Bankers fear politics beats economics on Brexit

Posted in Google Brexit News
at 2016.10.24
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Bankers fear politics beats economics on Brexit

Bankers are worried that their fears over Brexit’s economic impact are being ignored by the UK’s political leaders.

Some of those in the sector say their warnings against a ‘hard’ Brexit, and the loss of single market membership, are not being taken seriously or, worse, being seen as undermining the Government’s message that Britain can thrive outside the EU.

Ronald Kent of the British Bankers’ Association told Reuters: “It’s almost as if we were back in the 1940s and we were looking for fifth columnists all over the place because people are trying to do Britain down.”

The term “fifth column” refers to a group of people acting secretly against the state to assist an outside enemy.

His warning come a day after the association’s head Anthony Browne said the public and political debate was “taking us in the wrong direction”, adding a warning that many of the big banks were preparing to move out of the UK.

But Mr Browne also said: “London will survive as a global financial centre.

“Finance is inventive and will find a way through.”

City of London

Video: London Mayor: ‘Hard Brexit’ would leave City of London on cliff-edge

A major part of the banks’ lobbying has included the need to retain passporting, which enables banks to trade seamlessly across the European single market without the need for licences in individual countries.

However, some government officials have said that the importance of passporting could be overstated.

:: What is passporting and why is it important?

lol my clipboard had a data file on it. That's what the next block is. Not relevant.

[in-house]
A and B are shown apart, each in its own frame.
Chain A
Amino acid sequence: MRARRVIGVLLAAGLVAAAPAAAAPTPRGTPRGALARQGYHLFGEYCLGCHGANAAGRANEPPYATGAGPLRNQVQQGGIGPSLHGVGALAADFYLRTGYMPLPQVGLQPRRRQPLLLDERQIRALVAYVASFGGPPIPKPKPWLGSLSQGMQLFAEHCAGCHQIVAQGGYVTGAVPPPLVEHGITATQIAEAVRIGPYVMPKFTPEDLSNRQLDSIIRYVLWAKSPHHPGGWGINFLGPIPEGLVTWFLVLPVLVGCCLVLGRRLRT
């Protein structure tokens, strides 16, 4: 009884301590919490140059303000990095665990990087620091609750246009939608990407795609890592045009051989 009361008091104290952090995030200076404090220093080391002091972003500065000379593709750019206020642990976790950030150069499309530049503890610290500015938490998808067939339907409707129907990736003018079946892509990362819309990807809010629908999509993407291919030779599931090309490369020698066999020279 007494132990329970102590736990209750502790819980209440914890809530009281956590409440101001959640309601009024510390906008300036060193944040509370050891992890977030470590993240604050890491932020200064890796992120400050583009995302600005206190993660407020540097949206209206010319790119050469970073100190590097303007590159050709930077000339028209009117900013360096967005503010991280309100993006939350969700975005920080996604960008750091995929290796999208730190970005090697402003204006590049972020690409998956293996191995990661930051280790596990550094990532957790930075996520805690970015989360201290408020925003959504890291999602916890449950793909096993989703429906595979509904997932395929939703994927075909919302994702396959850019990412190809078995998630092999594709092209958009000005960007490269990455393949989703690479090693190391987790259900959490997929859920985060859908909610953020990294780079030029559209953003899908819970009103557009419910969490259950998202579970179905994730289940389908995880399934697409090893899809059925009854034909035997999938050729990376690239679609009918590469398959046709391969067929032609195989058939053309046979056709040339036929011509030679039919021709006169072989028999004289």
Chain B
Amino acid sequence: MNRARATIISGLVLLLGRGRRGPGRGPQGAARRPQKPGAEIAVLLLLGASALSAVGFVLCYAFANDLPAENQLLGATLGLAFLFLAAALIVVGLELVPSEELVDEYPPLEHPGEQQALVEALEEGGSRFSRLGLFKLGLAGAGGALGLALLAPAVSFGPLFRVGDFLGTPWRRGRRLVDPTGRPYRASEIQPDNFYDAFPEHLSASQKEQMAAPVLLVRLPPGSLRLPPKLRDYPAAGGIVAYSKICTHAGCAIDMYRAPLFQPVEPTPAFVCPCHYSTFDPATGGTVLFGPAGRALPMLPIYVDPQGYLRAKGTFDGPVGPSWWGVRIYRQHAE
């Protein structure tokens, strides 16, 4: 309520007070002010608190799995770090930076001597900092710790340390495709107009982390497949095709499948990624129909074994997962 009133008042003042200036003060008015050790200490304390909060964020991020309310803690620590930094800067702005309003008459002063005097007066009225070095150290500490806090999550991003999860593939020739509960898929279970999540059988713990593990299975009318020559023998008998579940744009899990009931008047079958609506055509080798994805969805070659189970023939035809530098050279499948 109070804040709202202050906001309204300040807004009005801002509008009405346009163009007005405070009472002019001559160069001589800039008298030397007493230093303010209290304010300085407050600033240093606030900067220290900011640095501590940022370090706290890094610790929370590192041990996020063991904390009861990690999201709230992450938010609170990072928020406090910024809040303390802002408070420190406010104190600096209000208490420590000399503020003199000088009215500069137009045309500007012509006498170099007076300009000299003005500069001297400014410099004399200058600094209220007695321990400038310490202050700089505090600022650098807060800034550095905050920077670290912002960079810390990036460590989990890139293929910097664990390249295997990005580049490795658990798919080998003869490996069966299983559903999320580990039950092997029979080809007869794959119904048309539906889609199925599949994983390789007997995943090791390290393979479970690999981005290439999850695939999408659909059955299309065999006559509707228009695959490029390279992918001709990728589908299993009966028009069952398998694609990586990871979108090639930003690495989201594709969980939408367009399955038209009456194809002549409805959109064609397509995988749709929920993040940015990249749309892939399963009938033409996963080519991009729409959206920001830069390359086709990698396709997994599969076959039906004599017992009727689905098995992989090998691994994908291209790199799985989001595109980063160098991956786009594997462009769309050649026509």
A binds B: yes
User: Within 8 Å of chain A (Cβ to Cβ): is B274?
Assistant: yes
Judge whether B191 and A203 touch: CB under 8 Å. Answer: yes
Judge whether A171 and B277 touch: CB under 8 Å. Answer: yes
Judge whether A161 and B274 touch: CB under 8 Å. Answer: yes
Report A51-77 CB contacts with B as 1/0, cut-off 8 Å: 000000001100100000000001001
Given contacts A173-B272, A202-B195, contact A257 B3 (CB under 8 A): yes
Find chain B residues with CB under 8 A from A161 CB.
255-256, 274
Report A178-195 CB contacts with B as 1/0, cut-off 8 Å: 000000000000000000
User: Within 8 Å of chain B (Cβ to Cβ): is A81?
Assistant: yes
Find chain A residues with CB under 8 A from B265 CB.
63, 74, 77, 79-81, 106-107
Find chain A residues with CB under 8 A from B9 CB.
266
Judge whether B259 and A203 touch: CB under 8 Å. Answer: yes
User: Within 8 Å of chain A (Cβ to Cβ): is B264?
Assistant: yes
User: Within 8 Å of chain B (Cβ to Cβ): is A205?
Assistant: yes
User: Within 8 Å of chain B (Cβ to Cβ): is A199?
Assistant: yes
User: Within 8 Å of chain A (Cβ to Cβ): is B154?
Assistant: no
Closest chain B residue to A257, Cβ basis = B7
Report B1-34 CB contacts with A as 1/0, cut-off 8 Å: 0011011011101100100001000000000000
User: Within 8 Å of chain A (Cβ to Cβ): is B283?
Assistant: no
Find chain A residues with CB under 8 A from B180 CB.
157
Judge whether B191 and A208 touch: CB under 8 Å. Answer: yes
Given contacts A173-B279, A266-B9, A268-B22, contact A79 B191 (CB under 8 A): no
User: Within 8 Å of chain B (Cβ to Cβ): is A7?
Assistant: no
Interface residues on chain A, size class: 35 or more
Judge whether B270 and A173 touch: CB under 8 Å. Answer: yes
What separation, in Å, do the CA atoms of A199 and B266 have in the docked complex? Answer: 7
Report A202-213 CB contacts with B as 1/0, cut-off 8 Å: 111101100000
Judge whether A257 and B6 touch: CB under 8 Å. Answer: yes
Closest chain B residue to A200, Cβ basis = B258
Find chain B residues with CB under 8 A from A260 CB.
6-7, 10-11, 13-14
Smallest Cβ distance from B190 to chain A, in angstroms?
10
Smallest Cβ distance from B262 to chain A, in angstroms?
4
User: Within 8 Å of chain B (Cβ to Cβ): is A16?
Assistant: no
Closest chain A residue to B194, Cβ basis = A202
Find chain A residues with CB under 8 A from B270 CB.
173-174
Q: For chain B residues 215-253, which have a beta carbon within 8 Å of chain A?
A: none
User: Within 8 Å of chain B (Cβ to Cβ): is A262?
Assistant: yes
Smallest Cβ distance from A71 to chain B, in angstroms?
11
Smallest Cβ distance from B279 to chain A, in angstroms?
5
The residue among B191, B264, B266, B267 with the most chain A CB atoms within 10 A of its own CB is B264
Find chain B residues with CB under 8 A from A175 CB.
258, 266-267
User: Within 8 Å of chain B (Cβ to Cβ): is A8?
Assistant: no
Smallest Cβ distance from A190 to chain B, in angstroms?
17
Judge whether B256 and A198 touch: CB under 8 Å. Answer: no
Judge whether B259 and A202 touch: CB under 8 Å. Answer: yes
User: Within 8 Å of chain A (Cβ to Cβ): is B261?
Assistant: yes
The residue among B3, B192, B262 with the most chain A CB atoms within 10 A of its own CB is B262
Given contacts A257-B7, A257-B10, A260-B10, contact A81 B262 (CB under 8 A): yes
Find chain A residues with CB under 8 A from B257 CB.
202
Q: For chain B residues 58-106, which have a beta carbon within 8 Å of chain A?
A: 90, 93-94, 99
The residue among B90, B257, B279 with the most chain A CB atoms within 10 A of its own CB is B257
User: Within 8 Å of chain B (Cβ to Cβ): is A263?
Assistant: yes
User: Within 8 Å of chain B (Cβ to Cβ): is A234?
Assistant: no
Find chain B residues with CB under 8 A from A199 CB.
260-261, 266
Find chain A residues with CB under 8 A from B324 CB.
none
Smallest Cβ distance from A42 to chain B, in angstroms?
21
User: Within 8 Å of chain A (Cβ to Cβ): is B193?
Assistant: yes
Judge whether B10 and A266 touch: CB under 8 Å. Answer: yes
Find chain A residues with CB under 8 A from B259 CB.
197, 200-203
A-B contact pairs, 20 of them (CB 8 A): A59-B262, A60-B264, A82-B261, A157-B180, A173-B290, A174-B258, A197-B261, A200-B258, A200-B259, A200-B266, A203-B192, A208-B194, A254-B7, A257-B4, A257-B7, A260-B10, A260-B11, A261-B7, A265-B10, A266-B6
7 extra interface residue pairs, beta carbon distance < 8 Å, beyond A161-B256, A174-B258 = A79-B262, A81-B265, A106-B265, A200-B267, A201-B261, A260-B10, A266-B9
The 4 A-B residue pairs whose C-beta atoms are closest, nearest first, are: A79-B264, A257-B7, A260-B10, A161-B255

Financial services minister Simon Kirby told a parliamentary committee last week that some of the passports are “redundant or unused”, adding that “getting to a situation where you can assess the impact is not quite as straightforward as you think”.

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Video: What’s the difference between Hard and Soft Brexit?

The financial industry generates about a tenth of national economic output, paying between £60bn and £67bn in taxes and standing to lose up to £38bn in revenue under a hard Brexit, according a report commissioned by industry group TheCityUK.

But it is still the subject of lingering anger over its role in the financial crisis and one banker told Reuters that there had been a “sea change” in how banks were viewed by the Government.

John Liver is a Financial Services Partner at EY

Video: Banks want guidance for ‘hard’ Brexit

Also, after the financial crisis some banks threatened to move overseas because of higher taxes and regulation.

There may be a sense among some officials that – just like then – the threat to go will not be followed through. But one banker who has held talks with government officials told Reuters: “The Government is underestimating the impact this time.”

Conservative Party MP Jacob Rees-Mogg said: “Bank lobbyists are going down the wrong route on Brexit.

“They just seem to be whining.

“They don’t like the fact that they’ve been overruled by the people who voted.”

David Davis statement on Brexit in the House of Commons

Video: 10 Oct: David Davis on the next steps towards Brexit

A Government spokesman said “large numbers of officials” are considering a range of potential impacts on financial services and other sectors.

He added: “We are determined to maintain the City’s leading position as one of the key centres of global finance as we make a success out of Brexit.”

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Published at Mon, 24 Oct 2016 10:32:29 +0000

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